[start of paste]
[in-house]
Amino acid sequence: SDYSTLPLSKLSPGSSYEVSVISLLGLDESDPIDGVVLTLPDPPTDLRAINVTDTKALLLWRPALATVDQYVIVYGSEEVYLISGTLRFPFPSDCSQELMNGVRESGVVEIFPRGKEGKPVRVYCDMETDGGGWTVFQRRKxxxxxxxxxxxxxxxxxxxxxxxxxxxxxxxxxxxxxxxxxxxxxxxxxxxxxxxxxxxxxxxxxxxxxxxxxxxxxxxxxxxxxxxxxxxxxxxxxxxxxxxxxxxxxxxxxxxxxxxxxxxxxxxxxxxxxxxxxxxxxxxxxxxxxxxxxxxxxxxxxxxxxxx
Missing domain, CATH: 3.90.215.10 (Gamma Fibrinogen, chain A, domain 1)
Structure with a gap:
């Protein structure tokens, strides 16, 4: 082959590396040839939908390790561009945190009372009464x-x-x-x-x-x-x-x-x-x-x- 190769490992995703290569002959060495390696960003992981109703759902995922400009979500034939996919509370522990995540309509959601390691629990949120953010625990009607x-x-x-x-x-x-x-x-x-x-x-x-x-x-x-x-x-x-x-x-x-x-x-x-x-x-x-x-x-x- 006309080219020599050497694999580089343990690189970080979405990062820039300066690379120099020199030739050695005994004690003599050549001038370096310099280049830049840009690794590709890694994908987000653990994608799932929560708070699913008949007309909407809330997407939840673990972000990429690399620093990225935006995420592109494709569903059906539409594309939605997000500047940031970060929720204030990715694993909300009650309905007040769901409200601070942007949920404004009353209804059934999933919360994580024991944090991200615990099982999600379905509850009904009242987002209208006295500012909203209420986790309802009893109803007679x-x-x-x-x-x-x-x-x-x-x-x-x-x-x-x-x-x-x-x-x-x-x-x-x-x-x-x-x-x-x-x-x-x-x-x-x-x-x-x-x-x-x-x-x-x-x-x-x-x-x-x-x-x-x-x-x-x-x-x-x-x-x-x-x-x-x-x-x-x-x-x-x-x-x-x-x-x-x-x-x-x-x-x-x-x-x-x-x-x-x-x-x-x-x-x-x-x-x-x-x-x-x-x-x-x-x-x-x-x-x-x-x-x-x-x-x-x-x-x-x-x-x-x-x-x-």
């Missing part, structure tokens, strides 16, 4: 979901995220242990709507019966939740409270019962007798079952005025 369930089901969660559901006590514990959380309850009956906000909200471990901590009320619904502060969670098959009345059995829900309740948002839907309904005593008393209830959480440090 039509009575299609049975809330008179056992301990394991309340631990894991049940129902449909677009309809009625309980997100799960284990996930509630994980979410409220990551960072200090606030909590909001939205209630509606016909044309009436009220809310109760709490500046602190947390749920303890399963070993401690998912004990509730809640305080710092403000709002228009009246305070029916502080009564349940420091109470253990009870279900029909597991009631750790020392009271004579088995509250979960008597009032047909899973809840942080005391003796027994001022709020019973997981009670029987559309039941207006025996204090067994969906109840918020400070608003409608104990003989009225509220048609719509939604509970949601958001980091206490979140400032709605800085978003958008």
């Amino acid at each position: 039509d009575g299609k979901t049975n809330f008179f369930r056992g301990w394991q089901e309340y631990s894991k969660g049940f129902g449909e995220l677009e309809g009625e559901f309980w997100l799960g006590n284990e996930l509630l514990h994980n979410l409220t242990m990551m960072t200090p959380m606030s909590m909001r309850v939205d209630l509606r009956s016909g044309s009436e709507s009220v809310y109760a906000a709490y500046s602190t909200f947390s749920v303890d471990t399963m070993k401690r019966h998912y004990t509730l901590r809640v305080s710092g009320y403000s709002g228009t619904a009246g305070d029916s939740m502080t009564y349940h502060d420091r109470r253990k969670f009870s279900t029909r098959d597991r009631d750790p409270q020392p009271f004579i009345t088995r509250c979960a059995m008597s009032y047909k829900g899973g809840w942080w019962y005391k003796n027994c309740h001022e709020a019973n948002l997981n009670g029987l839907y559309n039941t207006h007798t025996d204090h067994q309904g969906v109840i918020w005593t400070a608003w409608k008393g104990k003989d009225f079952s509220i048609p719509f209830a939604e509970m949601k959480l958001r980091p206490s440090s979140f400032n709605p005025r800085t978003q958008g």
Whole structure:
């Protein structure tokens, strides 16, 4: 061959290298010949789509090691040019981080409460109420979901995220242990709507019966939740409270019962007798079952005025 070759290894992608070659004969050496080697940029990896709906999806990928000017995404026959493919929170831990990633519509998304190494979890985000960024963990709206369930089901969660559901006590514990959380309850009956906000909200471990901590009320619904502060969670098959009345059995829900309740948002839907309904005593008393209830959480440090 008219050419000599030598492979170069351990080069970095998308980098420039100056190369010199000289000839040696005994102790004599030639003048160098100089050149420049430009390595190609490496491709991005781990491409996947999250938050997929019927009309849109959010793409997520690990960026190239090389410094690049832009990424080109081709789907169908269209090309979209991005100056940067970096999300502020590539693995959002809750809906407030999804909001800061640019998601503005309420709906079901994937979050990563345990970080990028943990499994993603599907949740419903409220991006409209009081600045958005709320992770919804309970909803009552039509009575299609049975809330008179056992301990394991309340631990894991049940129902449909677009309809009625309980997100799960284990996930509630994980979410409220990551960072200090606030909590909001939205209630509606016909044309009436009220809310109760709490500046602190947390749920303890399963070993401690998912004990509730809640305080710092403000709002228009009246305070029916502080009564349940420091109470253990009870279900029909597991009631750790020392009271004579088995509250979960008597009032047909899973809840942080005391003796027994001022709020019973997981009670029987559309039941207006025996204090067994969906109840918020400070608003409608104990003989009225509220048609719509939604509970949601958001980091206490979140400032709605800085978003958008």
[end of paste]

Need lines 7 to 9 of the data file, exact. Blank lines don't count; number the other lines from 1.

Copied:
């Amino acid at each position: 039509d009575g299609k979901t049975n809330f008179f369930r056992g301990w394991q089901e309340y631990s894991k969660g049940f129902g449909e995220l677009e309809g009625e559901f309980w997100l799960g006590n284990e996930l509630l514990h994980n979410l409220t242990m990551m960072t200090p959380m606030s909590m909001r309850v939205d209630l509606r009956s016909g044309s009436e709507s009220v809310y109760a906000a709490y500046s602190t909200f947390s749920v303890d471990t399963m070993k401690r019966h998912y004990t509730l901590r809640v305080s710092g009320y403000s709002g228009t619904a009246g305070d029916s939740m502080t009564y349940h502060d420091r109470r253990k969670f009870s279900t029909r098959d597991r009631d750790p409270q020392p009271f004579i009345t088995r509250c979960a059995m008597s009032y047909k829900g899973g809840w942080w019962y005391k003796n027994c309740h001022e709020a019973n948002l997981n009670g029987l839907y559309n039941t207006h007798t025996d204090h067994q309904g969906v109840i918020w005593t400070a608003w409608k008393g104990k003989d009225f079952s509220i048609p719509f209830a939604e509970m949601k959480l958001r980091p206490s440090s979140f400032n709605p005025r800085t978003q958008g």
Whole structure:
């Protein structure tokens, strides 16, 4: 061959290298010949789509090691040019981080409460109420979901995220242990709507019966939740409270019962007798079952005025 070759290894992608070659004969050496080697940029990896709906999806990928000017995404026959493919929170831990990633519509998304190494979890985000960024963990709206369930089901969660559901006590514990959380309850009956906000909200471990901590009320619904502060969670098959009345059995829900309740948002839907309904005593008393209830959480440090 008219050419000599030598492979170069351990080069970095998308980098420039100056190369010199000289000839040696005994102790004599030639003048160098100089050149420049430009390595190609490496491709991005781990491409996947999250938050997929019927009309849109959010793409997520690990960026190239090389410094690049832009990424080109081709789907169908269209090309979209991005100056940067970096999300502020590539693995959002809750809906407030999804909001800061640019998601503005309420709906079901994937979050990563345990970080990028943990499994993603599907949740419903409220991006409209009081600045958005709320992770919804309970909803009552039509009575299609049975809330008179056992301990394991309340631990894991049940129902449909677009309809009625309980997100799960284990996930509630994980979410409220990551960072200090606030909590909001939205209630509606016909044309009436009220809310109760709490500046602190947390749920303890399963070993401690998912004990509730809640305080710092403000709002228009009246305070029916502080009564349940420091109470253990009870279900029909597991009631750790020392009271004579088995509250979960008597009032047909899973809840942080005391003796027994001022709020019973997981009670029987559309039941207006025996204090067994969906109840918020400070608003409608104990003989009225509220048609719509939604509970949601958001980091206490979140400032709605800085978003958008």